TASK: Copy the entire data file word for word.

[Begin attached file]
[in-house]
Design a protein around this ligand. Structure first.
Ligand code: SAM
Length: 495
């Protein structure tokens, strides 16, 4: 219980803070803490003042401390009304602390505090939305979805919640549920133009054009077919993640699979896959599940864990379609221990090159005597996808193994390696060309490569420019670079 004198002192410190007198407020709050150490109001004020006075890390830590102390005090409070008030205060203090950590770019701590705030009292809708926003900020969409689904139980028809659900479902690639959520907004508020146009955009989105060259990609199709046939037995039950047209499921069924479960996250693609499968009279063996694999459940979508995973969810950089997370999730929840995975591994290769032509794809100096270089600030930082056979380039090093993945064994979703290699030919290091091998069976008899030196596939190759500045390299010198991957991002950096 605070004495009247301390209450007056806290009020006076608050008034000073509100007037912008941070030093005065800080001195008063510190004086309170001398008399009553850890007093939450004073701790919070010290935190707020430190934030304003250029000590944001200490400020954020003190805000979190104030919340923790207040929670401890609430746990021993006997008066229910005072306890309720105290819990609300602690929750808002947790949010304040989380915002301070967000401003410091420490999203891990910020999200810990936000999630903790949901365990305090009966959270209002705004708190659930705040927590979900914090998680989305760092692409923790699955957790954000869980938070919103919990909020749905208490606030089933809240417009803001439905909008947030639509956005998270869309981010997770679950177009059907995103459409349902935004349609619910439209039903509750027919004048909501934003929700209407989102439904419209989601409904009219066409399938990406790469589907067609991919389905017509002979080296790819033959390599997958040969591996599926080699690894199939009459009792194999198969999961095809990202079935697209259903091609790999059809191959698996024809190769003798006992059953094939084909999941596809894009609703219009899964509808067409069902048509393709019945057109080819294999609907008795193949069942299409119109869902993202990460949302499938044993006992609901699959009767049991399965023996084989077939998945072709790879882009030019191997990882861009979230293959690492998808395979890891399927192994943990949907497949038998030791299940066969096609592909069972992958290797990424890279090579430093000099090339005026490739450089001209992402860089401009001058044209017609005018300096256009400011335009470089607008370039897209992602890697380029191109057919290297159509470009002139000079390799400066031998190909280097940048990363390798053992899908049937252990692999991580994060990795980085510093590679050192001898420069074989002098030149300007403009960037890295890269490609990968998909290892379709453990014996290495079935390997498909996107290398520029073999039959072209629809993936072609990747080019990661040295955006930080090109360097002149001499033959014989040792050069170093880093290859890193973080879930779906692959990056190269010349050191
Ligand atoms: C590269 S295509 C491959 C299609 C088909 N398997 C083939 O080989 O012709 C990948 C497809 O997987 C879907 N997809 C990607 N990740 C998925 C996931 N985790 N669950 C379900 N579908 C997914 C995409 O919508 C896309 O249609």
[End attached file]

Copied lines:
[in-house]
Design a protein around this ligand. Structure first.
Ligand code: SAM
Length: 495
């Protein structure tokens, strides 16, 4: 219980803070803490003042401390009304602390505090939305979805919640549920133009054009077919993640699979896959599940864990379609221990090159005597996808193994390696060309490569420019670079 004198002192410190007198407020709050150490109001004020006075890390830590102390005090409070008030205060203090950590770019701590705030009292809708926003900020969409689904139980028809659900479902690639959520907004508020146009955009989105060259990609199709046939037995039950047209499921069924479960996250693609499968009279063996694999459940979508995973969810950089997370999730929840995975591994290769032509794809100096270089600030930082056979380039090093993945064994979703290699030919290091091998069976008899030196596939190759500045390299010198991957991002950096 605070004495009247301390209450007056806290009020006076608050008034000073509100007037912008941070030093005065800080001195008063510190004086309170001398008399009553850890007093939450004073701790919070010290935190707020430190934030304003250029000590944001200490400020954020003190805000979190104030919340923790207040929670401890609430746990021993006997008066229910005072306890309720105290819990609300602690929750808002947790949010304040989380915002301070967000401003410091420490999203891990910020999200810990936000999630903790949901365990305090009966959270209002705004708190659930705040927590979900914090998680989305760092692409923790699955957790954000869980938070919103919990909020749905208490606030089933809240417009803001439905909008947030639509956005998270869309981010997770679950177009059907995103459409349902935004349609619910439209039903509750027919004048909501934003929700209407989102439904419209989601409904009219066409399938990406790469589907067609991919389905017509002979080296790819033959390599997958040969591996599926080699690894199939009459009792194999198969999961095809990202079935697209259903091609790999059809191959698996024809190769003798006992059953094939084909999941596809894009609703219009899964509808067409069902048509393709019945057109080819294999609907008795193949069942299409119109869902993202990460949302499938044993006992609901699959009767049991399965023996084989077939998945072709790879882009030019191997990882861009979230293959690492998808395979890891399927192994943990949907497949038998030791299940066969096609592909069972992958290797990424890279090579430093000099090339005026490739450089001209992402860089401009001058044209017609005018300096256009400011335009470089607008370039897209992602890697380029191109057919290297159509470009002139000079390799400066031998190909280097940048990363390798053992899908049937252990692999991580994060990795980085510093590679050192001898420069074989002098030149300007403009960037890295890269490609990968998909290892379709453990014996290495079935390997498909996107290398520029073999039959072209629809993936072609990747080019990661040295955006930080090109360097002149001499033959014989040792050069170093880093290859890193973080879930779906692959990056190269010349050191
Ligand atoms: C590269 S295509 C491959 C299609 C088909 N398997 C083939 O080989 O012709 C990948 C497809 O997987 C879907 N997809 C990607 N990740 C998925 C996931 N985790 N669950 C379900 N579908 C997914 C995409 O919508 C896309 O249609």